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The Chosen: Novel Summary: Chapter 11-12

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Chapter 11-12

The new school year begins. Reuven is involved in schoolwork and student politics and gradually sees less of Danny. World War II moves slowly to its conclusion. Reuven follows the news keenly, but Danny is not so interested. In March, 1945, American troops cross the Rhine and it is clear that the war is nearly at an end. In April, during a meeting of the student council, Reuven hears the news that President Roosevelt has died. Reuven is deeply upset and can barely believe the news. It is as if God has died. There is grief all around him at the death of the president, and Malter speaks of the hope that Roosevelt had brought to the country during the Depression of the 1930s. Reuven thinks that Roosevelt's death is as senseless as Billy's blindness. He cries for a long time. He does not see Danny, as first Danny is ill, and then Reuven gets flu and has to stay in bed. His father is also sick with severe flu.
When the war in Europe ends in May, news filters through of the German concentration camps in which six million Jews perished. Malter is grief-stricken, and Reuven is so stunned by the magnitude of the tragedy that he cannot grasp it.
The next Shabbat afternoon, Reuven visits Danny. Reb Saunders speaks bitterly of the brutality of the world. But he says that it is the will of God, and they must accept it. Reuven does not find this attitude satisfactory, and nor does his father. Malter says that they must take active steps to try to create meaning out of the tragedy of the Holocaust. They must rebuild Jewry in America, otherwise the Jews will die as a people.
At the end of June, Malter suffers a heart attack, and Reb Saunders invites Reuven to live in his house while Malter recovers.
Danny is accepted by everyone in the Saunders' household, and he and Danny do everything together, studying Talmud and going to the library, and visiting Reuven's father in the hospital. Reuven notices that Reb Saunders is often tired and brooding, as if he is carrying a weight of suffering. Reuven also notices that apart from Talmud study, Danny and his father never communicate with each other. Danny continues to read Freud, although Freud's insight into the nature of man upsets him because, as he puts it, Freud "tore man from God . . . and married him off to Satan." Danny explains Freud to Reuven, who is also upset by it, because Freud contradicts everything he has ever learned.
Meanwhile, in the hospital, David Malter speaks continually of the responsibility of American Jews to train teachers and rabbis in the wake of the destruction of European Jewry. He also speaks of the need to create a Jewish homeland in Palestine. Reuven mentions the latter idea to Reb Saunders, and Saunders is furious. He loathes the idea of a Jewish state founded by secular Jews, whom he refers to as goyim and apikorism. Danny tells Reuven never to mention it in his father's presence again.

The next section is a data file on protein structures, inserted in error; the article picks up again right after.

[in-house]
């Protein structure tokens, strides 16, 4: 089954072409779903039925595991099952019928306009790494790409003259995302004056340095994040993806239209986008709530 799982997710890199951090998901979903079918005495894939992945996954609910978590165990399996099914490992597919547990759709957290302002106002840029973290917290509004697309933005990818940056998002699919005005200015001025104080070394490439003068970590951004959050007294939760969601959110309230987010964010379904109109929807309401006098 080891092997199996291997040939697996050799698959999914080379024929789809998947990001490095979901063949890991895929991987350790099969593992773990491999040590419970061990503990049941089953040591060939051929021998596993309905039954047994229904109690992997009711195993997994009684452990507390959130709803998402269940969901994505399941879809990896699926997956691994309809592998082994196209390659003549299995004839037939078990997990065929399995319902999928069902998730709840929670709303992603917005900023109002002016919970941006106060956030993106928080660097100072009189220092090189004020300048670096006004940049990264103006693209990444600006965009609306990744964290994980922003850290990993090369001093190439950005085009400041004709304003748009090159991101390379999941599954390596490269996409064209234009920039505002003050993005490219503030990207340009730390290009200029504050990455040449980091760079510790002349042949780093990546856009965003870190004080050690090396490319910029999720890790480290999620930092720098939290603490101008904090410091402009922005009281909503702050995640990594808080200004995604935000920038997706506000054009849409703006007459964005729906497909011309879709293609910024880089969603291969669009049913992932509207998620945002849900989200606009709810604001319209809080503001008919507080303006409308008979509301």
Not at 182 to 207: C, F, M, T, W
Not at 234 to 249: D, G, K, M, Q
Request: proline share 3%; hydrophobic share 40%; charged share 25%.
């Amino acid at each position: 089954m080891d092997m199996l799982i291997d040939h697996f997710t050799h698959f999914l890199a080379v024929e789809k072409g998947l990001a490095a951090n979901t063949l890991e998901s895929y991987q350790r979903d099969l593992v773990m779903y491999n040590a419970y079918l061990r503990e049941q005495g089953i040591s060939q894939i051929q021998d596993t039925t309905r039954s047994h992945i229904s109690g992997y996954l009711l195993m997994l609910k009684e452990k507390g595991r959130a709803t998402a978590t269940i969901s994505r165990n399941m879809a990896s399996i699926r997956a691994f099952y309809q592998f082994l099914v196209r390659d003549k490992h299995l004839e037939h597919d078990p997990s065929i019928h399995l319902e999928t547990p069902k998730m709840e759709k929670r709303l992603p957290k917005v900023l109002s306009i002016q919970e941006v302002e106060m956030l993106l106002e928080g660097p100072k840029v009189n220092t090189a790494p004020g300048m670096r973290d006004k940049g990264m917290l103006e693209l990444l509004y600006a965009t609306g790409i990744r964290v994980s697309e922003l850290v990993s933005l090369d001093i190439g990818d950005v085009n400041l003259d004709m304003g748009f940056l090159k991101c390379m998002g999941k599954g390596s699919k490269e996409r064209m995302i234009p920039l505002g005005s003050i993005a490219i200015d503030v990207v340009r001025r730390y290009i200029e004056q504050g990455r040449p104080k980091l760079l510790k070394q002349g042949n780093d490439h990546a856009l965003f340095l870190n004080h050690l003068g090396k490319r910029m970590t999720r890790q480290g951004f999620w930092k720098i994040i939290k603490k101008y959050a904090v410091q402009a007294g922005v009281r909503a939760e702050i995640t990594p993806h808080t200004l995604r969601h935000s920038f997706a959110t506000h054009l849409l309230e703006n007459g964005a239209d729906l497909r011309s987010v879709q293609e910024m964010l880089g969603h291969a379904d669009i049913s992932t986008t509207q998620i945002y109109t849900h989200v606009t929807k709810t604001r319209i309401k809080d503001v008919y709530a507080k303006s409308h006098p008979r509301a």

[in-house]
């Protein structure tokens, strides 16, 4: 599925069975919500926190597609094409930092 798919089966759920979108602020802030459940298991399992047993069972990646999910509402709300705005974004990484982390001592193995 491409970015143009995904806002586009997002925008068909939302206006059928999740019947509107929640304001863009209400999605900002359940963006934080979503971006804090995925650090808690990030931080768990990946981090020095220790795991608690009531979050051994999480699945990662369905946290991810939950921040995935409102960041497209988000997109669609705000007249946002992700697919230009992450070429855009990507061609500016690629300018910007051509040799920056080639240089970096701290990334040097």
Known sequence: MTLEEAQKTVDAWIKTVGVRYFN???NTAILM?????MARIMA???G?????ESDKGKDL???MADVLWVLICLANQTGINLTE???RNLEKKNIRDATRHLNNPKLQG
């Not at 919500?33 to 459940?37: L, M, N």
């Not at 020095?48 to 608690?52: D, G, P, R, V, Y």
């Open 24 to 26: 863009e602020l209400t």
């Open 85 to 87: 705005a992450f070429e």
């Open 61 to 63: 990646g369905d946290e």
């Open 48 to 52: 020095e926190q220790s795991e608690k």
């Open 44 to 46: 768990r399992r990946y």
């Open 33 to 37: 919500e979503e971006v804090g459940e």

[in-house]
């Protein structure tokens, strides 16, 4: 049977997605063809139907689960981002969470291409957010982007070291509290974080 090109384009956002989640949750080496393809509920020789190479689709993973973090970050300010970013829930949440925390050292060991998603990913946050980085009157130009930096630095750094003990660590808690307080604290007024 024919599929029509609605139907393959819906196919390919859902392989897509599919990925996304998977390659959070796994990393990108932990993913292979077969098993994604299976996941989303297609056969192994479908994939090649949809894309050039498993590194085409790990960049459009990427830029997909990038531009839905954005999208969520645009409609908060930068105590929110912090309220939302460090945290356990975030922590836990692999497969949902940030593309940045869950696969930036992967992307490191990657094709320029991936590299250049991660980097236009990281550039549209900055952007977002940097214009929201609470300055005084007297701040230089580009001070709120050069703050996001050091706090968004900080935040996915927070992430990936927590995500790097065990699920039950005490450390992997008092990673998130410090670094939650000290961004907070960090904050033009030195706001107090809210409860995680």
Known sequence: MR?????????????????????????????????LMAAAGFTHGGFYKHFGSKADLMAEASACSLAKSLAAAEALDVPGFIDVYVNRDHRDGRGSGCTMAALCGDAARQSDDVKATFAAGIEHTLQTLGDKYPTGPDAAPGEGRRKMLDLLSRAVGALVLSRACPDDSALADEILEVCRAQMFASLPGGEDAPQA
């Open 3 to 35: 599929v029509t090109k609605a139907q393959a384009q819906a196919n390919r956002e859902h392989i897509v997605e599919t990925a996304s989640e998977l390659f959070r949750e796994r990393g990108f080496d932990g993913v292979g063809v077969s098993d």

In late July, Danny hints to Reuven that he may ask his younger brother to succeed his father as head of the Hasidic sect. That way, he could escape being pushed into a role he does not want, but he would not be breaking the family dynasty. Of course, he has not told his father yet. Reuven shows some interest in Danny's pretty sister, but Danny tells him that his father promised her to one of his followers when she was two years old.
In September, 1945, both Reuven and Danny enter Hirsch College.
World War II, which up to now has been in the background of the story, now takes center stage. The Holocaust, in which six million Jews died in Nazi concentration camps, was the defining event in twentieth century Jewish history. In the novel, the Holocaust also brings the question of innocent suffering to the fore. How can such an event be reconciled with the existence of a loving God and a just universe? Reuven can make no sense of it at all. Nor can he understand the death of President Roosevelt. He links this event to the blindness of Billy; they are both "empty of meaning." In the next chapter, his father will attempt to explain to him how meaning can emerge from tragic events.
Reb Saunders and David Malter-the Hasid and the Orthodox-react very differently to the news of the Holocaust. Reb Saunders says that it is the will of God and must be accepted. This is in keeping with his inward-looking philosophy. He believes that the world is evil, and hostile to the Jews. So the solution to the latest catastrophe is to shun the world even more. But Malter has a completely different attitude. He believes that a man must act in the world in order to change it. It is this attitude, as the later chapters will show, that lead to the founding of the State of Israel in 1948.


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